Title: The Law of Desire: Rulings on Sex and Sexuality in India
Author: Madhavi Menon
Publisher: Speaking Tiger Books
Madhavi Menon breaks down sex and sexuality in relation to the law most succinctly in this pocket-sized book. This book also feels like an extension of her previous work, “Infinite Variety: A History of Desire in India”, which is a work that should be widely read.
The Law of Desire is a slim book of five sections – Preamble, Criminal, Immoral, Obscene, and Unnatural – each dealing with rulings about sex and sexuality and more so thoughts on way forward. The Preamble and Amendment act as Prologue and Epilogue in a traditional sense of a book.
I like how Menon presents facts and doesn’t let her opinions come in the way, though of course there are times that she does debate with the reader, which I found quite fruitful and invigorating. Menon makes connections of religion and fundamental rights to desire and how they have nothing to do with gender to begin with.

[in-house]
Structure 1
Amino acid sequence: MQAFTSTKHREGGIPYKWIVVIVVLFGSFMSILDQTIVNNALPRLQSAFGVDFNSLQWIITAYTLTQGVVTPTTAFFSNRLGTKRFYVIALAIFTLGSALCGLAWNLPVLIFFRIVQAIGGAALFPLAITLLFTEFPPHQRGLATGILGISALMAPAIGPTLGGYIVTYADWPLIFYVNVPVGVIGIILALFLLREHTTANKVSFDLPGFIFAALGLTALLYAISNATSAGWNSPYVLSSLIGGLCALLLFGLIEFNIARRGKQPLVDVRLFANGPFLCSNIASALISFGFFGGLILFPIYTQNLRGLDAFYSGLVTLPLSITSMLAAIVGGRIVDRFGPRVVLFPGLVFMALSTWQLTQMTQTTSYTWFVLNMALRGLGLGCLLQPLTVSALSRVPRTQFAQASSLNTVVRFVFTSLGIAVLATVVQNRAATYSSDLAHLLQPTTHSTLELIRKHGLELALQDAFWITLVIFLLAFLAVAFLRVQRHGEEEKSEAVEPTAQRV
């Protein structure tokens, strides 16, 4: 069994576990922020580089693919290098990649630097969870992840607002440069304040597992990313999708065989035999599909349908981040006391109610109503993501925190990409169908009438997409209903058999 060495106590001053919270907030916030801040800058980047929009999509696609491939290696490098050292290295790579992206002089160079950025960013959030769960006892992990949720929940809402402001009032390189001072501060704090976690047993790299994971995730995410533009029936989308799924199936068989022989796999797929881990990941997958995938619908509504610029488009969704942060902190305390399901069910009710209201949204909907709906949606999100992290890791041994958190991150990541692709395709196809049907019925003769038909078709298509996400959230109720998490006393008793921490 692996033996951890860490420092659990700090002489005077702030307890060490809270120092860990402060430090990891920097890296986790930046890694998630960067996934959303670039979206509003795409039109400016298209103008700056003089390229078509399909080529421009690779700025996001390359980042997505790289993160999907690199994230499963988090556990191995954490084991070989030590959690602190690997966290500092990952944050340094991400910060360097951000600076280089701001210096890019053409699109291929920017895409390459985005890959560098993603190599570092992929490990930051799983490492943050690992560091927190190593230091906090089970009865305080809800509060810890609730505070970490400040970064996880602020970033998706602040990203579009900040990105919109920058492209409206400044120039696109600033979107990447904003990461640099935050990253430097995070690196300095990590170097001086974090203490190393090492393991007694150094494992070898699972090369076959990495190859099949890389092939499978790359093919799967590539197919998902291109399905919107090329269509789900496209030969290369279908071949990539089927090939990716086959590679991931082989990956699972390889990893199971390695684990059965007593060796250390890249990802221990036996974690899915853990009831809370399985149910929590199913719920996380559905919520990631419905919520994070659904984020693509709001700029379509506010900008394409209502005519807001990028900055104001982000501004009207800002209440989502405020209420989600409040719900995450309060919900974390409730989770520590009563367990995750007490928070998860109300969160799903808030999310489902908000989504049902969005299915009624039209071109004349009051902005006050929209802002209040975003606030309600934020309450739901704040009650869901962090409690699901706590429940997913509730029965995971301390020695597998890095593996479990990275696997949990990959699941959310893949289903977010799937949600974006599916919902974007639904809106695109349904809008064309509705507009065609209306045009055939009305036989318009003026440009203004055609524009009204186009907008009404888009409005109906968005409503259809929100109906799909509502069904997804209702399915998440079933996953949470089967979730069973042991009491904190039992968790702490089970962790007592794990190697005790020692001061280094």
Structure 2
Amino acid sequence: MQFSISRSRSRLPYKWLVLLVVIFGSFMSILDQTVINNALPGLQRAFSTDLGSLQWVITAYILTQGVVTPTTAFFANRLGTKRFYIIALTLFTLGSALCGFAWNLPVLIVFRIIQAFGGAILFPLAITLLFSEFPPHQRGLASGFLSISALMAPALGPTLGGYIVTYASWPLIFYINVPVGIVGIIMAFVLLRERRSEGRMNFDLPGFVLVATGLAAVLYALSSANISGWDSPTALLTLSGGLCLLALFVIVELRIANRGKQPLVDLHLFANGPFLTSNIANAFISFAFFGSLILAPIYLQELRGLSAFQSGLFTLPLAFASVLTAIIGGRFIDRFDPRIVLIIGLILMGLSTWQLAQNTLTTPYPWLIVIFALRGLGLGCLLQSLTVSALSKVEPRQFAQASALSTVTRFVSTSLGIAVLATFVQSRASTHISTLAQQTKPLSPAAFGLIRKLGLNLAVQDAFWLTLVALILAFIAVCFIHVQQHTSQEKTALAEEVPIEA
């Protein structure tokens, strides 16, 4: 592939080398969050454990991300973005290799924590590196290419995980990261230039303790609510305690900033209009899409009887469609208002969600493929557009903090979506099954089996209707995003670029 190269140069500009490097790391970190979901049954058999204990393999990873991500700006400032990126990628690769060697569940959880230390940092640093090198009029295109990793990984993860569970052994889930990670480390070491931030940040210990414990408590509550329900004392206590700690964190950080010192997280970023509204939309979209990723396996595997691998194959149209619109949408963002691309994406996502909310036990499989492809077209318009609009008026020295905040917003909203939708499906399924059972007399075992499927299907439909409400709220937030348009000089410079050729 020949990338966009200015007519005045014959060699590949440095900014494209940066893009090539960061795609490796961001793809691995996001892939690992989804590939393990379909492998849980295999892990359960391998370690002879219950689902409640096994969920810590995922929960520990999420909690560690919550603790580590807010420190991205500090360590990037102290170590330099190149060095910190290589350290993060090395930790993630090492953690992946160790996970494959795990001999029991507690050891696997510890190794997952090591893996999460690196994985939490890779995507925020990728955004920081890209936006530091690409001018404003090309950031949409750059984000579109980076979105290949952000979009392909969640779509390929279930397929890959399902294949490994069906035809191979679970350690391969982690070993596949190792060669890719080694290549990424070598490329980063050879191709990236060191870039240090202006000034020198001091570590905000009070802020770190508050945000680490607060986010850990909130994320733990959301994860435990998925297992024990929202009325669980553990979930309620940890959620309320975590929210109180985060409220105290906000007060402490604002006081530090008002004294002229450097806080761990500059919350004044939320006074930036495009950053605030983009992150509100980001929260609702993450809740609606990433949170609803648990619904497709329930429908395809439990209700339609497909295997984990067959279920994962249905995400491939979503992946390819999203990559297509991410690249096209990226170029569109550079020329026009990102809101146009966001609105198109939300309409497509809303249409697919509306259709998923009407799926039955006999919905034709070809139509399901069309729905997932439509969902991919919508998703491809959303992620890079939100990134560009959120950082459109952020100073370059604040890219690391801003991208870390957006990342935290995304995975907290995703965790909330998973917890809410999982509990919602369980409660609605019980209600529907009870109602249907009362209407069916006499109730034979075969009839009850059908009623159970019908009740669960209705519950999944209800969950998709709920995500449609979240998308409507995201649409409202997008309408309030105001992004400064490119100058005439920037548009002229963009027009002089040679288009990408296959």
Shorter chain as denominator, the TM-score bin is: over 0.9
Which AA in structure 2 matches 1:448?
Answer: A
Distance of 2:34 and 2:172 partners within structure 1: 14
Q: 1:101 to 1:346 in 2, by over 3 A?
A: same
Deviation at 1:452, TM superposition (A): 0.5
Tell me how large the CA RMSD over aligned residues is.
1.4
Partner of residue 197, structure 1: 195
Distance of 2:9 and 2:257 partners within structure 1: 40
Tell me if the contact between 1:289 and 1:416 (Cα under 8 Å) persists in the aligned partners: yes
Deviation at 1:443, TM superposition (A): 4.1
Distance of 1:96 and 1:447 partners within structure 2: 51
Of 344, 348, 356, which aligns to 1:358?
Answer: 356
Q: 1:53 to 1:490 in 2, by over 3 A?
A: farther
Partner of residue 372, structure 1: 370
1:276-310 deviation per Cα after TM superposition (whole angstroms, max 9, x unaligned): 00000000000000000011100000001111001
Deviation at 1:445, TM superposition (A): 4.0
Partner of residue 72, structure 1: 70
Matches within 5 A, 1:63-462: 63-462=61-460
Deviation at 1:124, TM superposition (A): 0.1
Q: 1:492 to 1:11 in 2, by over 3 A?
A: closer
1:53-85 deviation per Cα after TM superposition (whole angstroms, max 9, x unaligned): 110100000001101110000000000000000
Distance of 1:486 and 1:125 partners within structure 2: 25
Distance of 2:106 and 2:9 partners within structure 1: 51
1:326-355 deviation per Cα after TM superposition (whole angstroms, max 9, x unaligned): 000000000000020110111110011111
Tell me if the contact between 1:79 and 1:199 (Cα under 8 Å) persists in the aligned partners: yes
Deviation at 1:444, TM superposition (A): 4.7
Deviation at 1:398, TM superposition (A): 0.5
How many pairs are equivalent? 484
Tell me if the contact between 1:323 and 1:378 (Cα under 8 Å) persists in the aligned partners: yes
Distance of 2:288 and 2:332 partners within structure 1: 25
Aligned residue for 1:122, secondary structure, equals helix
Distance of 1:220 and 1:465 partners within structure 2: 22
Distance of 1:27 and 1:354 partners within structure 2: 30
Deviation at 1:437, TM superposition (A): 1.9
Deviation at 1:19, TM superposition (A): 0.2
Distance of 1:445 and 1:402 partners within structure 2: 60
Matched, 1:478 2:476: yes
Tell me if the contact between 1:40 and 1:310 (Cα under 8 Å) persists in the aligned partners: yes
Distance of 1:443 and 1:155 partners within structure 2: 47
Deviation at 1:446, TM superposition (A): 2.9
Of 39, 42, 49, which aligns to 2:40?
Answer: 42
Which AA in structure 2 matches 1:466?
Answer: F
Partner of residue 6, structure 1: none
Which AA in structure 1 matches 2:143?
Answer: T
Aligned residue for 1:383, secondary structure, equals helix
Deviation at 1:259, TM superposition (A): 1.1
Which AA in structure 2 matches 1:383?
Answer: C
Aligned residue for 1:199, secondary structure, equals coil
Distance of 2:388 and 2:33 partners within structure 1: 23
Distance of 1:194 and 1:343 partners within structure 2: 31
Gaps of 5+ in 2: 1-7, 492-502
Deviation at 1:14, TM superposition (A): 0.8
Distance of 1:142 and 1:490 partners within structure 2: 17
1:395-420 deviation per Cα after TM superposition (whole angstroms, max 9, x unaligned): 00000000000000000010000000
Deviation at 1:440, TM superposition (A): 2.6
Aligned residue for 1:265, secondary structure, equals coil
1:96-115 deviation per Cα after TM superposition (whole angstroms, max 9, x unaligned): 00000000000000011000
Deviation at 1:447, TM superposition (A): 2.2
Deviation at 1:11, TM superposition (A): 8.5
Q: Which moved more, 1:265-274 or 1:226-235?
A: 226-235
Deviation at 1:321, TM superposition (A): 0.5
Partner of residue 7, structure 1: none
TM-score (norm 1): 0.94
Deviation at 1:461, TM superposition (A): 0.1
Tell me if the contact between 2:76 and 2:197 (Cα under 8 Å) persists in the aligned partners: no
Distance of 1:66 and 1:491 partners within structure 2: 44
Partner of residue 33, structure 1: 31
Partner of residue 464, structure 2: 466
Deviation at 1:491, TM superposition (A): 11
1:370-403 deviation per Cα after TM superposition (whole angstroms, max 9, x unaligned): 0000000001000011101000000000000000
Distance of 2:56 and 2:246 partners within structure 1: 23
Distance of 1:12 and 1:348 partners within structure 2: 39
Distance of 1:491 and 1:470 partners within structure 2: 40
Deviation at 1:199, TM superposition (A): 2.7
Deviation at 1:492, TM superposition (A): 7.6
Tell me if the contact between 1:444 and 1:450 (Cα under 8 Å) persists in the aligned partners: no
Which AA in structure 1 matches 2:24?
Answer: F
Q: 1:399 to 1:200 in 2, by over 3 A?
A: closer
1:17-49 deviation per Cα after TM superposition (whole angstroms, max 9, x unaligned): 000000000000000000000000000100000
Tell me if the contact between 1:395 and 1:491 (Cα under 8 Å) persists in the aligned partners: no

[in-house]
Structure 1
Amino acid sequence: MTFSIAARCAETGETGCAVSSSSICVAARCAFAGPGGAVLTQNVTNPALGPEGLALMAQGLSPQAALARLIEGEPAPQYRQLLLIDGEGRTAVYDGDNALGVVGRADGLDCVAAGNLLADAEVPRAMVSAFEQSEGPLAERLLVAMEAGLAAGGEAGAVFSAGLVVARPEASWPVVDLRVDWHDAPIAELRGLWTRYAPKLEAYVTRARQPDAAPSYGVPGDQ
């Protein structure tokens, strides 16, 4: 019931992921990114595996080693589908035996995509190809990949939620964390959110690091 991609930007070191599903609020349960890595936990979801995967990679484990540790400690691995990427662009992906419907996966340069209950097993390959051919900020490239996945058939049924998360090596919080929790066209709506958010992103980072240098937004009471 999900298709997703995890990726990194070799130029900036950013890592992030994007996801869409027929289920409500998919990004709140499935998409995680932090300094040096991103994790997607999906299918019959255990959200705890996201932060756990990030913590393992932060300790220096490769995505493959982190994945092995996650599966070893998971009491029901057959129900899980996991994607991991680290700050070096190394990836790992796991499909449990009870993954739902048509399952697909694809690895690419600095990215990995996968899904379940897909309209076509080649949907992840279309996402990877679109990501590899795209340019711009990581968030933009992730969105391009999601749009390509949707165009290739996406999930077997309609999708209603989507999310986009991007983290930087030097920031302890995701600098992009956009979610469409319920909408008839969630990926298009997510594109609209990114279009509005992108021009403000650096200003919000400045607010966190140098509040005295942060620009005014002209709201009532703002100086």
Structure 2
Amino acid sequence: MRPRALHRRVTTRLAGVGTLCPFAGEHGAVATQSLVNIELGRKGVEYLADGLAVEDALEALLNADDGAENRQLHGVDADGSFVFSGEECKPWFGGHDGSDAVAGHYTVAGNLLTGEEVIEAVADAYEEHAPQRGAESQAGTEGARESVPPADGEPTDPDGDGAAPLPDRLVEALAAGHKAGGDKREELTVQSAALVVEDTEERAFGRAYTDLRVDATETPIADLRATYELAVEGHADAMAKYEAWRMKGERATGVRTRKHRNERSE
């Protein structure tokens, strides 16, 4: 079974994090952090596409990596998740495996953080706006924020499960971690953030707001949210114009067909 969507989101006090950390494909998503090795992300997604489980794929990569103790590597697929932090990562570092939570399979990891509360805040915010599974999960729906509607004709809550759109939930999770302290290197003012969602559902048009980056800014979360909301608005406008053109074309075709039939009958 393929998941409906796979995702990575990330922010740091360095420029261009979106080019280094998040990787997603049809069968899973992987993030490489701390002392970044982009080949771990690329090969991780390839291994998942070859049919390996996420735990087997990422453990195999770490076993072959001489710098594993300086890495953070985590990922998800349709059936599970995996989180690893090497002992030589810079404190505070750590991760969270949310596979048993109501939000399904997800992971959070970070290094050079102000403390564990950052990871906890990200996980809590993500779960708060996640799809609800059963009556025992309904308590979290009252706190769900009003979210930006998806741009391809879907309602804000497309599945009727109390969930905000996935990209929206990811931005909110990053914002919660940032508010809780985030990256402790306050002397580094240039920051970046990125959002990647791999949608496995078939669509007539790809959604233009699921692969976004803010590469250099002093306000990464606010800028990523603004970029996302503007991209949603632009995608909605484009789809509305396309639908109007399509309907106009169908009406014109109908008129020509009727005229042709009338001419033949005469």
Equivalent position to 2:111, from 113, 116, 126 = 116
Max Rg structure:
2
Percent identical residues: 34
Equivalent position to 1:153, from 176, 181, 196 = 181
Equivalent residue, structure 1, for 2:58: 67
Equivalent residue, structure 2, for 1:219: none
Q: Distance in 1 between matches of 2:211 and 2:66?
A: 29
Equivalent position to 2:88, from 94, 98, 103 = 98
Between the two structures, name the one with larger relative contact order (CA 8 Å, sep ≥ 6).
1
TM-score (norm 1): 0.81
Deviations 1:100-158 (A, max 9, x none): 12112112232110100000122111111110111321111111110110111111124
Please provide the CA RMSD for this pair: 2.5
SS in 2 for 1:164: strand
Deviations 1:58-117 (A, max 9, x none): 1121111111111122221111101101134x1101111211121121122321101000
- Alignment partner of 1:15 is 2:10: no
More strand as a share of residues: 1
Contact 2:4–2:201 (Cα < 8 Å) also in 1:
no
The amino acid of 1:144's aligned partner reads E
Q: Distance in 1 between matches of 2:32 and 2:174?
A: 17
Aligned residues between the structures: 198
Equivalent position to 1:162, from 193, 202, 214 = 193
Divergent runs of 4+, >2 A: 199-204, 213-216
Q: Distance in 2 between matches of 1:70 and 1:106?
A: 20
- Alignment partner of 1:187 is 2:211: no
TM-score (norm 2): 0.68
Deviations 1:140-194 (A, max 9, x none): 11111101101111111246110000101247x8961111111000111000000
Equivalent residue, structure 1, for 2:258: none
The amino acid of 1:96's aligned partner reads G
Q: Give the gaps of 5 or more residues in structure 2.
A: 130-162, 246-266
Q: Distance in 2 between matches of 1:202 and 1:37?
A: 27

Madhavi’s writing is simple, to the point, and peppered with examples from various other rulings, though at times it does get a little overbearing to try and recall them.
One element that I loved a lot in the book is the way Menon uses pop-culture to the benefit of the book’s topic – from movie posters, to literature, to music – all of it ties in neatly with the rulings and the cases she brings up through the course of the book.
She also tries to take the conversation away from just the binary when it comes to sex and sexuality to include the non-binary, which of course is inclusive but are far and few and in-between.
The Law of Desire is a short and insightful read on desire and how sometimes the law doesn’t even know what to do with it. It is biting, precise, and on-point. For readers who want to know more about desire and the Indian courts’ rulings, this is a good book to start with.